Be sure to send your questions in early or read the archives later.
I am still looking for Debt Defeaters. I want to hear from people who have successfully eliminated or made a major dent in their debt.
Send your story to email@example.com. Tell me: How much debt have you paid off? How long did it take? What sacrifices did you make to become debt-free? Be sure to include a statement describing the positive effects you’ve felt after wiping out the debt. Put “Debt Defeater” in the subject line of your e-mail.
If I read your story during my live video chat, you will receive a free Debt Defeater T-shirt.
Reponses to “Millennial Money Worries”
A survey by PNC Financial Services Group found that only 18 percent of adults between 20 to 29 years old, whose adult lives began amid the recent recession, are financially prepared for retirement. Just 23 percent of young adults said they are "totally financially independent."
For last week’s Color of Money Questions, I asked, “Are you still supporting your adult child in some way? How does that make you feel?”
Here are some comments.
“Our youngest son has needed support for the last few years. He has just found a job in a small IT department but still is living at home and I still pay his cellphone and give him bus money as needed,” wrote Harry J. Green III of Mercer Island, Wash. “Since I know the economy is really bad, I am willing to help him get his feet on the ground. However, as I am past retirement age and only working because my house is underwater and I could not pay the mortgage if I were to retire, his added out of pocket expenses are creating some issues. But, a loving parent does what is needed as long as they can.”
Linda Soaft of San Diego, Calif. is supporting her 38-year-old son who graduated from college three years ago with a degree in political science.
She writes: “My son lives with his girlfriend and I now cover part of his rent, all of his baby son’s needs, cellphone, student loan and internet service plus a variety of other necessities such as clothing, gas money and dry goods not covered by his food stamps. I also loaned him a car and pay the insurance. He’s applied for at least 500 jobs with no luck. My other son is 42 years old, very intelligent, completed two years of college and lives with me because he can’t afford even a single room in San Diego and I pay all of the household expenses. I have increased electric bill and food costs as a result. He works part time. I feel frightened because I am afraid I will never have enough money to retire!”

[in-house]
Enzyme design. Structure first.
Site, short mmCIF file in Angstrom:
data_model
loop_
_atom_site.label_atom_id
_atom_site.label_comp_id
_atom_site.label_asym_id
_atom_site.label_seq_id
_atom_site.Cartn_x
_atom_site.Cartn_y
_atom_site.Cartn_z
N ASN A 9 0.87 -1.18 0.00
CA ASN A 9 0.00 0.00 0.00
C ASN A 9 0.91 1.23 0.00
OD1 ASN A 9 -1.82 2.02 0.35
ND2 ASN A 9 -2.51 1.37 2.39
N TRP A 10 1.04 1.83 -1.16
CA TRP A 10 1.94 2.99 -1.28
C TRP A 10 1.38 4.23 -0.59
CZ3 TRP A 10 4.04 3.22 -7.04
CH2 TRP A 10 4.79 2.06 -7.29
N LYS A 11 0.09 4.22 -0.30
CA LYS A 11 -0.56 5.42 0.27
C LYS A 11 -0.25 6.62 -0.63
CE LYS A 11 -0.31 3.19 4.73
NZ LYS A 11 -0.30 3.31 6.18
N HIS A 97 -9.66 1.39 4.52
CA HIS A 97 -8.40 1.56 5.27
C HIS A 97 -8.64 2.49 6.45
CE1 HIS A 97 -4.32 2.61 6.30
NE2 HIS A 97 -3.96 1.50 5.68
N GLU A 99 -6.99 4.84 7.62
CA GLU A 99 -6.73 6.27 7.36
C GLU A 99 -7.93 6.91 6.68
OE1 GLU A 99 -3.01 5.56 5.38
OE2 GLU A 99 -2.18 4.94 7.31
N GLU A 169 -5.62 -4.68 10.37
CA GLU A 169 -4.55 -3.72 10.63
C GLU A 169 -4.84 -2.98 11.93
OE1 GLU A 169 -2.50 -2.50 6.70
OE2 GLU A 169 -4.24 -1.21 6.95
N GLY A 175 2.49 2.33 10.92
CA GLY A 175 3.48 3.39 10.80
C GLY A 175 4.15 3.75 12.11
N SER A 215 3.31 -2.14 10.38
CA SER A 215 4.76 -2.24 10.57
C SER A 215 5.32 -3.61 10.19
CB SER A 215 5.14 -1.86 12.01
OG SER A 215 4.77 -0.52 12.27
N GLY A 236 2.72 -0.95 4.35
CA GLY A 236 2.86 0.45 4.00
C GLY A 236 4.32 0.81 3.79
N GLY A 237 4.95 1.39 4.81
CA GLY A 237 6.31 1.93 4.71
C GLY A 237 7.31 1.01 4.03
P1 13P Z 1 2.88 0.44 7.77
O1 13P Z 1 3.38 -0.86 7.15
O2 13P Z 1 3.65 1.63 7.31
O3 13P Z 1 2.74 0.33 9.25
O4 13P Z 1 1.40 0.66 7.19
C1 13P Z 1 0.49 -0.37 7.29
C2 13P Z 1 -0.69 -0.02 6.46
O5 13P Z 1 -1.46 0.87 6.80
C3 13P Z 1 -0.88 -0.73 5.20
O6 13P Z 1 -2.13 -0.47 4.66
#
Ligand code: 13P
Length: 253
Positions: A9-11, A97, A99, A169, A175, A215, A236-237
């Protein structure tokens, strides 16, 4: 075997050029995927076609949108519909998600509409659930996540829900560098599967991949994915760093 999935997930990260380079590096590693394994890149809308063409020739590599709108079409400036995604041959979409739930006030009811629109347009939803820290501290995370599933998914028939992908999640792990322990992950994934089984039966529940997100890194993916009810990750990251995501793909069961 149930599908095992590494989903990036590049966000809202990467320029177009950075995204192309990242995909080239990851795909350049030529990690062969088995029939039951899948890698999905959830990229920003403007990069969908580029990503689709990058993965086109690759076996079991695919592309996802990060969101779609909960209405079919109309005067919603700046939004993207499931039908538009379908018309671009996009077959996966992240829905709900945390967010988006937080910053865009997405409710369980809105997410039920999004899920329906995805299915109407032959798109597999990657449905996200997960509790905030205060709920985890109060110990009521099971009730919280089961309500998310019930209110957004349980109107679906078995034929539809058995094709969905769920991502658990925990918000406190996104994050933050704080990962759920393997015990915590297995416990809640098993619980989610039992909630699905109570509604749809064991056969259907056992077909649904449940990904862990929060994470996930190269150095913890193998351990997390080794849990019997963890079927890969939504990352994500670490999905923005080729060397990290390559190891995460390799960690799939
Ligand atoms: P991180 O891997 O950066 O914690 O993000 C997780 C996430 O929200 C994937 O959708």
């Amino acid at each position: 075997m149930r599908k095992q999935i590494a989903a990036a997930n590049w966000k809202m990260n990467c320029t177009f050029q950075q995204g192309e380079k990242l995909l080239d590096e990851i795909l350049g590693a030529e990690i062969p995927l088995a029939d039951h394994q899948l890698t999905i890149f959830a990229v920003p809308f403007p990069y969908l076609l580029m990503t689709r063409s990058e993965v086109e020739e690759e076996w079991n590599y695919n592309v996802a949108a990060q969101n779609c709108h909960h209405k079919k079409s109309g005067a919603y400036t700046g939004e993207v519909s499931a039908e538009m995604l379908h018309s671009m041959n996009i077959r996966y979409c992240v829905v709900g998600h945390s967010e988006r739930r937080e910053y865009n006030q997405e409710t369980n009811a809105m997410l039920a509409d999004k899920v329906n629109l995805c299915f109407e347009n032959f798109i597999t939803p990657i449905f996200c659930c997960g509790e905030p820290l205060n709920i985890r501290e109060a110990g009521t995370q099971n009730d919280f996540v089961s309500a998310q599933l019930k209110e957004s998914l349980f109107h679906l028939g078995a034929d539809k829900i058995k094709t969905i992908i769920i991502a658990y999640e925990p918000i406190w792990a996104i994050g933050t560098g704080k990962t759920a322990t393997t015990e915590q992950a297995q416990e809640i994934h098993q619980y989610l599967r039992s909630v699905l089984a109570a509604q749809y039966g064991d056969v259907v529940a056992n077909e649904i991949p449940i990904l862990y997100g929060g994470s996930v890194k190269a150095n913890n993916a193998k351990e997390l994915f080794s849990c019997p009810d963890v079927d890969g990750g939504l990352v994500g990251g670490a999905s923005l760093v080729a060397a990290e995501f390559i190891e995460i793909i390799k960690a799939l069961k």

-- --If you’re in the D.C. metro area, come out to two panel events about money that will take place at the Congressional Black Caucus Legislative Conference. The discussion, which is free and open to the public, will be held at the Washington Convention Center from 1 p.m. to 5 p.m.
The first panel, which runs from 1 p.m. to 3 p.m., will address money, power and respect and will be moderated by Derrick Dingle, Editor-In-Chief of Black Enterprise Magazine. Next, from 3 p.m. to 5 p.m., I’ll be on the panel "Inside the Money Pit: Economic Stars Share Secrets to Economic Success." My fellowpanelists include economist Julianne Malveaux, reality TV personality Omarosa Manigault and Marc Morial, president and chief executive of the National Urban League. Nationally syndicated radio host Warren Ballentine will moderate the panel.
-- On Thursday, Oct. 6th, I will be honored with the Bridge Builder Award at the 18th anniversary dinner and auction for The Training Source. This is a fundraising event for The Training Source, a great non-profit organization in Prince George's County that, among other services, provides training and employment placement assistance, leadership training for at-risk youth, and free professional clothing for job candidates.
The event will be held at Newton White Mansion at 2708 Enterprise Rd. in Mitchellville, Md., from 6 p.m. to 9 p.m. For more information about the event, go to www.thetrainingsource.org.
Tia Lewis contributed to this e-letter.
You are welcome to e-mail comments and questions to firstname.lastname@example.org . Please include your name and hometown; your comments may be used in a future column or newsletter unless otherwise requested.